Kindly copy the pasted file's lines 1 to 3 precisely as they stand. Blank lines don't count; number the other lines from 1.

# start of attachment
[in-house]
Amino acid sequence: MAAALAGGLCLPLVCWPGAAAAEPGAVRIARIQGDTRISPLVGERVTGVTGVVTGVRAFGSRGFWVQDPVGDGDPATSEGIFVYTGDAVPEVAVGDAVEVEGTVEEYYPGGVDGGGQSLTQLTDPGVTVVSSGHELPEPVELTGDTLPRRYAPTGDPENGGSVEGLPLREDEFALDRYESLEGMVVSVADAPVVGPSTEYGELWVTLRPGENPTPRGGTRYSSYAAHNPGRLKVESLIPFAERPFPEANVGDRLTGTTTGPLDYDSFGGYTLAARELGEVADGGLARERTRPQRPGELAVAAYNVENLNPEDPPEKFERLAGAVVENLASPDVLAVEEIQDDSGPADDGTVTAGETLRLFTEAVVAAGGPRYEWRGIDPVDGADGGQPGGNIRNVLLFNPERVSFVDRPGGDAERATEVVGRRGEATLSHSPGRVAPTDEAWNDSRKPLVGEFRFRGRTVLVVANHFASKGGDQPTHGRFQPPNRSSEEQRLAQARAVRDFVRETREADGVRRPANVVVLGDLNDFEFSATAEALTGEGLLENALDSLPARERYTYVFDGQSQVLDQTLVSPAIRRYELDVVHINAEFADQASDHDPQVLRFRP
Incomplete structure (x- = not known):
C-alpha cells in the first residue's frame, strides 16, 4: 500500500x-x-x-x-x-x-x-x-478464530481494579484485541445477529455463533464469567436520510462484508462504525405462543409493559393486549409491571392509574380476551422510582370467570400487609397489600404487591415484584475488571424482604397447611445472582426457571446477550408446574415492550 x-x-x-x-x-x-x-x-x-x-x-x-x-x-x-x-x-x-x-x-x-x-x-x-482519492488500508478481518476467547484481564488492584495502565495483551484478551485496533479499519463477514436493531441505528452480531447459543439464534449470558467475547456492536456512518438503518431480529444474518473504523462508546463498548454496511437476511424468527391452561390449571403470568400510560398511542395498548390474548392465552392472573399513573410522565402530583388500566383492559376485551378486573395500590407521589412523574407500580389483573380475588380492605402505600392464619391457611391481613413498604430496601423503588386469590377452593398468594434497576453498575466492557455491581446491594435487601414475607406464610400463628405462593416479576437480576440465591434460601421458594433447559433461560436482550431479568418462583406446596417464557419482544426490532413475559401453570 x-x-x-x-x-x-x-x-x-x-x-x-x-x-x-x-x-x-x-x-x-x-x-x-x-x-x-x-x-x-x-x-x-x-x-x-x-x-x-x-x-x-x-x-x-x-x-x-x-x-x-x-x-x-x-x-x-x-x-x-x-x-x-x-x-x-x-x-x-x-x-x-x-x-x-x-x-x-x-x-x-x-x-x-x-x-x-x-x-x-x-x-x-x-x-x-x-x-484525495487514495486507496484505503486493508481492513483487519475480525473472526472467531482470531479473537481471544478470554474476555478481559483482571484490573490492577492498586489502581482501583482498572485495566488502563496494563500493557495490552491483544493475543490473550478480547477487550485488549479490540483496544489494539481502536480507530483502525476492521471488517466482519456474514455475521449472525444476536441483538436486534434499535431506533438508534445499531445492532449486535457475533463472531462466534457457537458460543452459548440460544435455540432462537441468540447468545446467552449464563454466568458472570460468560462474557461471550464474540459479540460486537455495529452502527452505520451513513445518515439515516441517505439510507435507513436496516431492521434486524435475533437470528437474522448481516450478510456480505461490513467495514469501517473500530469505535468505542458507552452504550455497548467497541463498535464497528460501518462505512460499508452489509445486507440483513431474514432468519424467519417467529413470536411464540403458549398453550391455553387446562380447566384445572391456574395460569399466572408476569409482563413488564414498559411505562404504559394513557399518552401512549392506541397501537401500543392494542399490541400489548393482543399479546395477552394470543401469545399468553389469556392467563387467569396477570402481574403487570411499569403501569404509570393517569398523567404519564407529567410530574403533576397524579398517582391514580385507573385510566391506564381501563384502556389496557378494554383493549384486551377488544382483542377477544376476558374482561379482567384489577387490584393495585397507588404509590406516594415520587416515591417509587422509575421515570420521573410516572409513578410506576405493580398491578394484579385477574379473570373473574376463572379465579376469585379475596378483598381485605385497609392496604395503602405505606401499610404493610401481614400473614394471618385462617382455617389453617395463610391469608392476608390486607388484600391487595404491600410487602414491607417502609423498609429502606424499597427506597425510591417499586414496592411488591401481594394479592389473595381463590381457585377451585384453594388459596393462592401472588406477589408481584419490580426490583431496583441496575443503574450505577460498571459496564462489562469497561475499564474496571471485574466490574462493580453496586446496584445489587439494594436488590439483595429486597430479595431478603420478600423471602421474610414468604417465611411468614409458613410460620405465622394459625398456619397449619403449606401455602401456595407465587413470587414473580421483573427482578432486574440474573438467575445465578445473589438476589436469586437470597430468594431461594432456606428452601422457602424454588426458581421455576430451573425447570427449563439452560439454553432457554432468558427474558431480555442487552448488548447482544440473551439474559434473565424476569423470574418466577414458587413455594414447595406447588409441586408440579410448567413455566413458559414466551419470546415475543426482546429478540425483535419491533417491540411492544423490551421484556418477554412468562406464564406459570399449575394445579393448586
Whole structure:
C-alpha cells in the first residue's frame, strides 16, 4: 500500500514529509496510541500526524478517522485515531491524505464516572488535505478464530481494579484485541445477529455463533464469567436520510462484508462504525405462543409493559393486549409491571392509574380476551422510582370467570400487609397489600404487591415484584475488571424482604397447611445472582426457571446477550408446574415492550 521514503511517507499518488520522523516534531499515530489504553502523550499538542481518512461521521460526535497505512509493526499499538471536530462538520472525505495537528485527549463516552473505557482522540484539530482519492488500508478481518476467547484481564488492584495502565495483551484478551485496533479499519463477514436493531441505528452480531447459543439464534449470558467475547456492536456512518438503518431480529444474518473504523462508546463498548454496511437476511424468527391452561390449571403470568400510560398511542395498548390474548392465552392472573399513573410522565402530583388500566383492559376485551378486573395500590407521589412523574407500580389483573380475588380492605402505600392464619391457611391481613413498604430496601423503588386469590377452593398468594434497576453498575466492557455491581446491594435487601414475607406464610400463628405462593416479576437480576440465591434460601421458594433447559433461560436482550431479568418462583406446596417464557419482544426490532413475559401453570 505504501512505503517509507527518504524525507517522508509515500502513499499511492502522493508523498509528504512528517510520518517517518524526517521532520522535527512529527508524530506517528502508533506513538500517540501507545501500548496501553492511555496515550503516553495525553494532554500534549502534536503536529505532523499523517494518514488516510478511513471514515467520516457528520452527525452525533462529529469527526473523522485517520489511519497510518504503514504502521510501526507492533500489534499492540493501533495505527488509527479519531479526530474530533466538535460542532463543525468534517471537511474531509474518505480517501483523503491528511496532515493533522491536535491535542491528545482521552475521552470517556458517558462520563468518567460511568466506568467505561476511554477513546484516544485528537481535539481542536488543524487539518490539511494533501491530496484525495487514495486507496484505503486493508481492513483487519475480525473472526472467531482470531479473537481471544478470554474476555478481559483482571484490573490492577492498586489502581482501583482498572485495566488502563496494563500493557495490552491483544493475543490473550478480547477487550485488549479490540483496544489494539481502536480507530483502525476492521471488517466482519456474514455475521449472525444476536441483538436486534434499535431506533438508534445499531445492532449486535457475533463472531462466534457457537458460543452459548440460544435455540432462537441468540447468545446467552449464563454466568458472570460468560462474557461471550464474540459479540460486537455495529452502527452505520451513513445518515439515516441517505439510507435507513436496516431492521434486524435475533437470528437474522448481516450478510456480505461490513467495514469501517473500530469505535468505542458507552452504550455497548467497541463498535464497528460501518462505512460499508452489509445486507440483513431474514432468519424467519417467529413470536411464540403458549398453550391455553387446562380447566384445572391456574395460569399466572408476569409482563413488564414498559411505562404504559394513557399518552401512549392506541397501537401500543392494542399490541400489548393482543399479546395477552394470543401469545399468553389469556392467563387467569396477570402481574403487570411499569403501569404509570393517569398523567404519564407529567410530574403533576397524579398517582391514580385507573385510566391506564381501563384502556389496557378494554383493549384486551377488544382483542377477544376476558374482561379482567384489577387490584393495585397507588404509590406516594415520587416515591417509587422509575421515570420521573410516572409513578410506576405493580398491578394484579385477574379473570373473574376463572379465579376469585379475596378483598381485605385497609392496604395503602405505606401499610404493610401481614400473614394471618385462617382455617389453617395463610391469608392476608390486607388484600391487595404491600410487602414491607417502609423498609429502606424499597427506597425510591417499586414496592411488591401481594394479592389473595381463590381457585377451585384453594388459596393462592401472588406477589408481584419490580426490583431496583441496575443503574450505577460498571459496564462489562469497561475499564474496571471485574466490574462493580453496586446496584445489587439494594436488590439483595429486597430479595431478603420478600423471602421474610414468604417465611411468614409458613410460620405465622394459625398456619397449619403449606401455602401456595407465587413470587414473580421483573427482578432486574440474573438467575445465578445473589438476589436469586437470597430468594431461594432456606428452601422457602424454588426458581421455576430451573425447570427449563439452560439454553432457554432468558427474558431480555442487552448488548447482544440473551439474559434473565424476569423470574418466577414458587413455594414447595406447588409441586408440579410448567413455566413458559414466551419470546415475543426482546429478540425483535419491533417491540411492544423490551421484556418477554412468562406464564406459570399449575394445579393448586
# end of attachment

[in-house]
Amino acid sequence: MAAALAGGLCLPLVCWPGAAAAEPGAVRIARIQGDTRISPLVGERVTGVTGVVTGVRAFGSRGFWVQDPVGDGDPATSEGIFVYTGDAVPEVAVGDAVEVEGTVEEYYPGGVDGGGQSLTQLTDPGVTVVSSGHELPEPVELTGDTLPRRYAPTGDPENGGSVEGLPLREDEFALDRYESLEGMVVSVADAPVVGPSTEYGELWVTLRPGENPTPRGGTRYSSYAAHNPGRLKVESLIPFAERPFPEANVGDRLTGTTTGPLDYDSFGGYTLAARELGEVADGGLARERTRPQRPGELAVAAYNVENLNPEDPPEKFERLAGAVVENLASPDVLAVEEIQDDSGPADDGTVTAGETLRLFTEAVVAAGGPRYEWRGIDPVDGADGGQPGGNIRNVLLFNPERVSFVDRPGGDAERATEVVGRRGEATLSHSPGRVAPTDEAWNDSRKPLVGEFRFRGRTVLVVANHFASKGGDQPTHGRFQPPNRSSEEQRLAQARAVRDFVRETREADGVRRPANVVVLGDLNDFEFSATAEALTGEGLLENALDSLPARERYTYVFDGQSQVLDQTLVSPAIRRYELDVVHINAEFADQASDHDPQVLRFRP
Incomplete structure (x- = not known):